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Trump rips Fed's Powell, demands companies seek 'alternatives' to China

Javier E. David
Editor focused on markets and the economy

President Donald Trump on Friday excoriated the Federal Reserve and the man he hand-picked to lead the institution, ramping up his relentless critiques by asking whether the Fed was a “bigger enemy” than China.

After Fed chief Jerome Powell declared at a conference in Jackson Hole that the central bank was prepared to sustain the U.S. economy with more rate cuts, Trump upped the ante with more broadsides against Fed policy.

In a series of posts on Twitter, the president both lambasted the central bank while demanding that U.S. companies seek alternatives to China as the trade dispute between the two countries takes a turn for the worse. On Friday, Beijing announced a new round of retaliatory tariffs worth $75 billion, which will be imposed in two separate tranches on September 1 and December 15.

Trump’s tone was even more harsh than usual, asking whether Powell was worse for the economy than Chinese President Xi Jinping, with whom he’s been sparring over bilateral trade.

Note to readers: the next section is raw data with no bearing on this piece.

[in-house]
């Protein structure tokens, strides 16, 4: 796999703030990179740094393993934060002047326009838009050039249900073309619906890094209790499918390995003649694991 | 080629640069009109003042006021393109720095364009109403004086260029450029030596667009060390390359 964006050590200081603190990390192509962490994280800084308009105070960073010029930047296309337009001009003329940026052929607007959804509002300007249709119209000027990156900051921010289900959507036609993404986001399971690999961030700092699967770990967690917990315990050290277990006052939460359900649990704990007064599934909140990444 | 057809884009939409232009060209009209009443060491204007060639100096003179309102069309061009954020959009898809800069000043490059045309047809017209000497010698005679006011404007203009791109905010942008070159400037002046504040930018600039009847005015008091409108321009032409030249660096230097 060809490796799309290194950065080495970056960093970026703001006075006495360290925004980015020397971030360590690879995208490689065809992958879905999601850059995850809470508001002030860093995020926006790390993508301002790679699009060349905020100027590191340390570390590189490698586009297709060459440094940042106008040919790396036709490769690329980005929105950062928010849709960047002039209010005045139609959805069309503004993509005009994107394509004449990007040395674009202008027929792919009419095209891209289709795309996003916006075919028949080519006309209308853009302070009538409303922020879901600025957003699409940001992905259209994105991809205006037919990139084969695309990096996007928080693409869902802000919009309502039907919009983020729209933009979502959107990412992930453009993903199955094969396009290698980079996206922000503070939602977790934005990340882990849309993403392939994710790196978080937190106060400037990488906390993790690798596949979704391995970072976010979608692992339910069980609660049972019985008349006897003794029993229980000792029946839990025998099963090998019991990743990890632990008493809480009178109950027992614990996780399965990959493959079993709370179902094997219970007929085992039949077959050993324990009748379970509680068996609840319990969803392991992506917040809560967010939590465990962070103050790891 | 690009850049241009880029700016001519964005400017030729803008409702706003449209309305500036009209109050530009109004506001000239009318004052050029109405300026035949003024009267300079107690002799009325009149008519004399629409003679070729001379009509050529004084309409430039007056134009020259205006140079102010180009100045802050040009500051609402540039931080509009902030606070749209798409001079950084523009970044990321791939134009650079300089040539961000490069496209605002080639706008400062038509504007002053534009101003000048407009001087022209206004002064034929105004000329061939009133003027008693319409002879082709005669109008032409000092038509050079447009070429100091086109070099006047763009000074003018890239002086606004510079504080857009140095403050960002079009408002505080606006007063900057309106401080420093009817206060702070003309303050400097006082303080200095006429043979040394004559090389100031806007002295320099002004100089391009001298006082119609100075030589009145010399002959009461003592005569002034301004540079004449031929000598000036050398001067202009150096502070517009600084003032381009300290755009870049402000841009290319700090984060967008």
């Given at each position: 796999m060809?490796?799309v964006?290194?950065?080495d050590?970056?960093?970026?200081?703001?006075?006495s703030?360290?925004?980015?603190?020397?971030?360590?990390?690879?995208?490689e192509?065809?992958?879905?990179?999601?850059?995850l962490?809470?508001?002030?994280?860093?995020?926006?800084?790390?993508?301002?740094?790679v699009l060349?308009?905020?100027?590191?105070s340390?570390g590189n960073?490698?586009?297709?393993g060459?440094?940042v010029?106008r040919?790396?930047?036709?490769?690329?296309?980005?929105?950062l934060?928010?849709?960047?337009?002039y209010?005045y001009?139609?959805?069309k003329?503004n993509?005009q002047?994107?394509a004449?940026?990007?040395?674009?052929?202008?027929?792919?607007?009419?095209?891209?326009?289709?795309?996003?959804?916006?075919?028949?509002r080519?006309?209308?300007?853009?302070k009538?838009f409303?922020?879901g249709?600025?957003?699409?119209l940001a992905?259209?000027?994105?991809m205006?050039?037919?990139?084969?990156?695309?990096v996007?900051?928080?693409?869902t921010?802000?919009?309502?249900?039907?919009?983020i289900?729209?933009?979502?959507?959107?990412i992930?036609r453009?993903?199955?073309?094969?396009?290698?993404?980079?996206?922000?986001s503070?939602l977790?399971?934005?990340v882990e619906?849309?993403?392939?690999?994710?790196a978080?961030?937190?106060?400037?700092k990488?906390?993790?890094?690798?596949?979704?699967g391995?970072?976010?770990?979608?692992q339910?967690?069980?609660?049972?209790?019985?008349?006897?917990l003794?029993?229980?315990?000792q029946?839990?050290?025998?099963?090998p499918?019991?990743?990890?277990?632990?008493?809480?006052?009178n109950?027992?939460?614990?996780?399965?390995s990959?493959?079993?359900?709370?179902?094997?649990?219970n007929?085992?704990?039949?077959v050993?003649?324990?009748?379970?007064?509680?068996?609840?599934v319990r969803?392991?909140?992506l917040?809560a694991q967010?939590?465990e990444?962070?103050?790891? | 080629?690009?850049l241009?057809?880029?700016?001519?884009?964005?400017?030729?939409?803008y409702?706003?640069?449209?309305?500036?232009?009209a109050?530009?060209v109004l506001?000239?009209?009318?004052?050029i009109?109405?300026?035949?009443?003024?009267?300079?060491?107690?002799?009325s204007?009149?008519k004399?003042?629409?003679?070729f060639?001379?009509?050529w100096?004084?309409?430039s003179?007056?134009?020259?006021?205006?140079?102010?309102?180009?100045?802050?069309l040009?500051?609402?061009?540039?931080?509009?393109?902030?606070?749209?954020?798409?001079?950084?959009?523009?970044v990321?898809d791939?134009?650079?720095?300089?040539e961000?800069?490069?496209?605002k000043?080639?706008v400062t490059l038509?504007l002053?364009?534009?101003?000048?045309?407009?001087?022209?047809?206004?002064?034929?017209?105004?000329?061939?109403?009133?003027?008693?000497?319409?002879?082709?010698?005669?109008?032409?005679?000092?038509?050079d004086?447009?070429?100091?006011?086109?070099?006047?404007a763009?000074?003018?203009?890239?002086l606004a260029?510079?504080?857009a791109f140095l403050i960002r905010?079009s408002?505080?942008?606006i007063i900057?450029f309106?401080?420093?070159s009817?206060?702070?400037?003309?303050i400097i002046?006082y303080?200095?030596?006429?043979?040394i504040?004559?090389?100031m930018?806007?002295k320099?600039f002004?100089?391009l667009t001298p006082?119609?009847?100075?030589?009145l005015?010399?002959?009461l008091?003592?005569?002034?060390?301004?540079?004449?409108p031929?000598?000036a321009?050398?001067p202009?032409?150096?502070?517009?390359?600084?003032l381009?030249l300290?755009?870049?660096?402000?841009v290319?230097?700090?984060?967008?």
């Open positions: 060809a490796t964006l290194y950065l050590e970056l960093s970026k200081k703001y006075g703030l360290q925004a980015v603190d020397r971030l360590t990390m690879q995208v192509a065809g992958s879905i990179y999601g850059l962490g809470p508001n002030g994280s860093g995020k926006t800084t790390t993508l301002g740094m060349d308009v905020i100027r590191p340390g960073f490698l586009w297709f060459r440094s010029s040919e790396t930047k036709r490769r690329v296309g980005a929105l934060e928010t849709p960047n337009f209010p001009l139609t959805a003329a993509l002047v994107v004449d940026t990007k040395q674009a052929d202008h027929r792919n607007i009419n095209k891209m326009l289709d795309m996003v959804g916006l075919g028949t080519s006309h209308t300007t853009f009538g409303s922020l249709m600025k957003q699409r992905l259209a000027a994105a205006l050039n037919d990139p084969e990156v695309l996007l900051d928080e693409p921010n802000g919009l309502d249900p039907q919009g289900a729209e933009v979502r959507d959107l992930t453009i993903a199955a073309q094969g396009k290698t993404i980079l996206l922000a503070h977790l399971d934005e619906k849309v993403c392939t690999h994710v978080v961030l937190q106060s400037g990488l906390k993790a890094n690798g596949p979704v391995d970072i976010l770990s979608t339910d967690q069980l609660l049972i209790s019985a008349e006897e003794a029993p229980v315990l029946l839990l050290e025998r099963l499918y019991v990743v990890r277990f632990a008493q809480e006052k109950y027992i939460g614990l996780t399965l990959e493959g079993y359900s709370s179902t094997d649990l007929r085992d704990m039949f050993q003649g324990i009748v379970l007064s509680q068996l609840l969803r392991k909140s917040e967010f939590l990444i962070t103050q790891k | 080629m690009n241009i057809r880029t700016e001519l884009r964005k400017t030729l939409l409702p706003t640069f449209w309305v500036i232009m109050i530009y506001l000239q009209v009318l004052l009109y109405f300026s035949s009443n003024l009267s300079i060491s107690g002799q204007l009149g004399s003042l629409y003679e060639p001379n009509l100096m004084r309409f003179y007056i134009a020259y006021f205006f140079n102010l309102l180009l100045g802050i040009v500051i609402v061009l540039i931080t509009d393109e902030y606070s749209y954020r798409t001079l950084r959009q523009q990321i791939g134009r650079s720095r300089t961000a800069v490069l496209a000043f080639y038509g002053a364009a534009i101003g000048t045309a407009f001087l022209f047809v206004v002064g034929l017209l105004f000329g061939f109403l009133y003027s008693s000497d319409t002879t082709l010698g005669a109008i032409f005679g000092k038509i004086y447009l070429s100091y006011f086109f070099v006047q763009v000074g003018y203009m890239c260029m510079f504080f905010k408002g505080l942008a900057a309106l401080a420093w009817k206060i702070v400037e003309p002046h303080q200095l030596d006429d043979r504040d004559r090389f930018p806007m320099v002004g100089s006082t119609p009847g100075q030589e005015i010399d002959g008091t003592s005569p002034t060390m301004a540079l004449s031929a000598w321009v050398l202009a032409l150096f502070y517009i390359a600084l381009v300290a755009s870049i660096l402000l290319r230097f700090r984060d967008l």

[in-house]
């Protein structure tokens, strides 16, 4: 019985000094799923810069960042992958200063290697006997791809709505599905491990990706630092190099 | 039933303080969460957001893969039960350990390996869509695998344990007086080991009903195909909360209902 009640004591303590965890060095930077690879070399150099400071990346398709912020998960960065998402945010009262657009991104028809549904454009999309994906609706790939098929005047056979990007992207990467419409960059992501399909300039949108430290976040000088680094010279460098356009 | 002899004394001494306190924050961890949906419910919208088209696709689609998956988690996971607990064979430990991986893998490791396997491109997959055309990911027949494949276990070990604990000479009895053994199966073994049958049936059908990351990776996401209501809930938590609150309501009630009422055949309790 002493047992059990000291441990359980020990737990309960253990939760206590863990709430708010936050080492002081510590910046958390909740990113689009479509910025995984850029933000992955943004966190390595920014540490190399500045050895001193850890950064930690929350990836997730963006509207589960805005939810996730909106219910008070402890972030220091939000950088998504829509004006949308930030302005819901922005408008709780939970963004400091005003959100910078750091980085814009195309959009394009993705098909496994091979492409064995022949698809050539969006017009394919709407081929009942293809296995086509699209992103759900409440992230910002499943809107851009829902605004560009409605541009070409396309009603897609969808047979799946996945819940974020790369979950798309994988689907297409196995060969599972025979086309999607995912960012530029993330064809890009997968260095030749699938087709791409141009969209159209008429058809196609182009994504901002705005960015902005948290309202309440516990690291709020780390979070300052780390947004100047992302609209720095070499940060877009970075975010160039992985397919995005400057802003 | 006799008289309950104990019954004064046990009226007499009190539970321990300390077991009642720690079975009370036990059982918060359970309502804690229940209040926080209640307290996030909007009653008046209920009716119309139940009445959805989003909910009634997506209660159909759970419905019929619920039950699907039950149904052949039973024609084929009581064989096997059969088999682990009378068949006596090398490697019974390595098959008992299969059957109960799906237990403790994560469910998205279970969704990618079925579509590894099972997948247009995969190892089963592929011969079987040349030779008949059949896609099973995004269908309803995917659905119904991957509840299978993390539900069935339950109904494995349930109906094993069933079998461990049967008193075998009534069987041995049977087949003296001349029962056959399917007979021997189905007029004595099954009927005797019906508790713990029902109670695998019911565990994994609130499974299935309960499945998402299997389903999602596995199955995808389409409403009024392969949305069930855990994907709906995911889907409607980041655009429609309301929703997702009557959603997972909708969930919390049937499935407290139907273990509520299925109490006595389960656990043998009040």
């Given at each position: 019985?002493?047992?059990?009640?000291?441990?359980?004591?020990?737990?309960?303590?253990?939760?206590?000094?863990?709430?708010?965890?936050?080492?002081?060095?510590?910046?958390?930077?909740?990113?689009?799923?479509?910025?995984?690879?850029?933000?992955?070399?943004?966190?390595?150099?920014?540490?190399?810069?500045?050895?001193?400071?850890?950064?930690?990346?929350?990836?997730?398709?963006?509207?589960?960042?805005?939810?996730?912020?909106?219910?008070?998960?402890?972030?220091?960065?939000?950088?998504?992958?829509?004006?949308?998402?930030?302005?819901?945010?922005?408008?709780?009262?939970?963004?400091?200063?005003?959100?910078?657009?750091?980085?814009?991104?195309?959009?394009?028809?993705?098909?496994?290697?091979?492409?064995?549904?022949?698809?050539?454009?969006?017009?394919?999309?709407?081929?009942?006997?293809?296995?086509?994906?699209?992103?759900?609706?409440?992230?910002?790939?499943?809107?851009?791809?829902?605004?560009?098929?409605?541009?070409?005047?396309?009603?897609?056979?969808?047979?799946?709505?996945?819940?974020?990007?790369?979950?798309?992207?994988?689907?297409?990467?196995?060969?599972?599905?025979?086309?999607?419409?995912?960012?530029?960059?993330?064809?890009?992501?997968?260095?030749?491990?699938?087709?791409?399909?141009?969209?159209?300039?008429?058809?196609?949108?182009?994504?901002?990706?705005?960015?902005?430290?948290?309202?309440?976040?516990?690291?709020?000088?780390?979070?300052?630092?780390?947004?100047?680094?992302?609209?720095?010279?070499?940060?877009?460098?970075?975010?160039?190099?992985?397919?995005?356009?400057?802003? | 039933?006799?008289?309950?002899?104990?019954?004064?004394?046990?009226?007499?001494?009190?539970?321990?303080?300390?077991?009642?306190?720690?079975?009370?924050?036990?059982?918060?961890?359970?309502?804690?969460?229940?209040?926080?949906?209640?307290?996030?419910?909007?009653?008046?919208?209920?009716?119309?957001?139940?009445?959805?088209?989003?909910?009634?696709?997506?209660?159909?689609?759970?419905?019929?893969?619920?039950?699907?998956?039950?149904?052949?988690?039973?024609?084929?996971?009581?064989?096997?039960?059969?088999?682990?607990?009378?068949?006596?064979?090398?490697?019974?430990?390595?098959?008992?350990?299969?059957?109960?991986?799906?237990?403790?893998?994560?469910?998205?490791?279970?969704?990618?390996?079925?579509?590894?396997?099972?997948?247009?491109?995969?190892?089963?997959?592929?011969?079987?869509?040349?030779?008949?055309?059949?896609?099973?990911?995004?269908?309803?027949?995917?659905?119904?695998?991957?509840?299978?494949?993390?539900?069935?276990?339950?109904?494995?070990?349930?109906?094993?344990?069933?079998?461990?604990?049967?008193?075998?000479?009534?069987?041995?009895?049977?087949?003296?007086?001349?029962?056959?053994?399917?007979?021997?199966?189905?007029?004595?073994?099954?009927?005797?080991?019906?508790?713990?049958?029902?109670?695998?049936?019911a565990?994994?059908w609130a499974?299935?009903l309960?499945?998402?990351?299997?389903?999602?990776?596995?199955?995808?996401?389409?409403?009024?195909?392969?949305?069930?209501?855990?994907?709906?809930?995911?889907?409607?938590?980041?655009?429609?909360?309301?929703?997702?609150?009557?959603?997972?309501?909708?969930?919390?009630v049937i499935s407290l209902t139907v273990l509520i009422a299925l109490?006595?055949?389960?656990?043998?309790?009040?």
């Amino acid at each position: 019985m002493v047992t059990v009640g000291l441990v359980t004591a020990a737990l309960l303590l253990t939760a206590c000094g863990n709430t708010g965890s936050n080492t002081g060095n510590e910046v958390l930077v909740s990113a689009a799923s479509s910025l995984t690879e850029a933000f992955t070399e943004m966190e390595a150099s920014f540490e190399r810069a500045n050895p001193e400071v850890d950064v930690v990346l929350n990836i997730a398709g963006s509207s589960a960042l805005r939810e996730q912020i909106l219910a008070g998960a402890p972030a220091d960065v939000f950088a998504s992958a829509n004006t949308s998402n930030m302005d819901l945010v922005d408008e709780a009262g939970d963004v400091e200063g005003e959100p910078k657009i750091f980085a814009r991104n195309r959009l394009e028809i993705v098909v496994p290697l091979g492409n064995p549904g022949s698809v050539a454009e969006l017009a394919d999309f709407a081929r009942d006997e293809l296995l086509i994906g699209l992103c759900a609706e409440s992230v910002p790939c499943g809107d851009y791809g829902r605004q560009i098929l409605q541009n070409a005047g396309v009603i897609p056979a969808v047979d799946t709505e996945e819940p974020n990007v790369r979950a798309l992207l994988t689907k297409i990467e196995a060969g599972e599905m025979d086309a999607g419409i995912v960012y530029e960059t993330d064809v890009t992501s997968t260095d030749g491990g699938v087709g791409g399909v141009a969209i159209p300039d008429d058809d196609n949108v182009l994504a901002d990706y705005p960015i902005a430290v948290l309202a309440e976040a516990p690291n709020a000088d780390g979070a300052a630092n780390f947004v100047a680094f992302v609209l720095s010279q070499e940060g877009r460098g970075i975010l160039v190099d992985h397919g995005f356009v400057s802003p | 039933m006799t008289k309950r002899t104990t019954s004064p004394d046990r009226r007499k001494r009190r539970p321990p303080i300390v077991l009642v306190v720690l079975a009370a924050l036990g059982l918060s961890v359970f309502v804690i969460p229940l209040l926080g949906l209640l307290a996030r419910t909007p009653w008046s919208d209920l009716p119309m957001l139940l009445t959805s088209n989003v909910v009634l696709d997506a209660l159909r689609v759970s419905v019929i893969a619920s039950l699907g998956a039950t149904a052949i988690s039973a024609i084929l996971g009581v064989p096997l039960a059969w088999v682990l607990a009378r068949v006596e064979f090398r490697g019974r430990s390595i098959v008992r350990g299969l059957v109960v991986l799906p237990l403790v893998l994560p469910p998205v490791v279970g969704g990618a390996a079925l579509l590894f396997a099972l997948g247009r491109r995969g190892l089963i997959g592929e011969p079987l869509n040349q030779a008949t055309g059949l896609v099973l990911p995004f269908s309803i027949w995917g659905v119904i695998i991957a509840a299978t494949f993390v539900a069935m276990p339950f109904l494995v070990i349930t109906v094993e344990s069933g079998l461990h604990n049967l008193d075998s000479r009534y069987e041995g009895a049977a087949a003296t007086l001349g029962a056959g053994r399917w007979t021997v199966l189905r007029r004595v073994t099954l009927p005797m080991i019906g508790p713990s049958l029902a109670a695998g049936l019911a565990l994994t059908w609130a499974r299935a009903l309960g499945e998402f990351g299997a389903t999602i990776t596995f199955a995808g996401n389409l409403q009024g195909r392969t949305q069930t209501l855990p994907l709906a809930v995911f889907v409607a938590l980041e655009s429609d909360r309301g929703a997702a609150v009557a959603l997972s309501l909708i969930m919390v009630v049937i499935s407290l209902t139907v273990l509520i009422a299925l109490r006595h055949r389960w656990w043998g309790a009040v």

Trump’s tweets sent major market benchmarks reeling, as investors anticipated a worsening of the crisis between the world’s two largest economies. The S&P 500 (^GSPC) Dow (^DJI) and Nasdaq (^IXIC) all tumbled by over 1% in the wake of the president’s tirade.

China is an integral part of the global supply chain and a vast market for most of America’s multinationals. Many economists say that shifting production and finding alternative markets is far easier said than done.

Even before the central bank cut rates for the first time since the 2008 crisis, the president has been lashing the Fed for not doing enough to prevent the economy from tipping into recession.

In recent weeks, he’s taken to complaining about the dollar’s relative strength — which has jumped amid safe-haven flows during the U.S.-China trade spat.


Meanwhile, comments from the Fed’s Open Market Committee (FOMC) members and other policymakers underscore the lack of consensus about how aggressively the central bank should be in cutting rates, if at all.

"As the minutes from the July FOMC meeting indicated, the nation’s central bankers were divided on the question how exactly to proceed while settling on the quarter-point rate reduction,” said Bankrate.com’s senior economic analyst, Mark Hamrick.

“Powell emphasized in his speech that there’s no playbook here noting as he put it 'no recent precedents to guide any policy response to the current situation.' And that’s to say nothing of the president’s actions which have included imposing tariffs and delivering an almost daily barrage of verbal criticism of Powell,” Hamrick added.

Javier David is an editor for Yahoo Finance. Follow Javier on Twitter: @TeflonGeek

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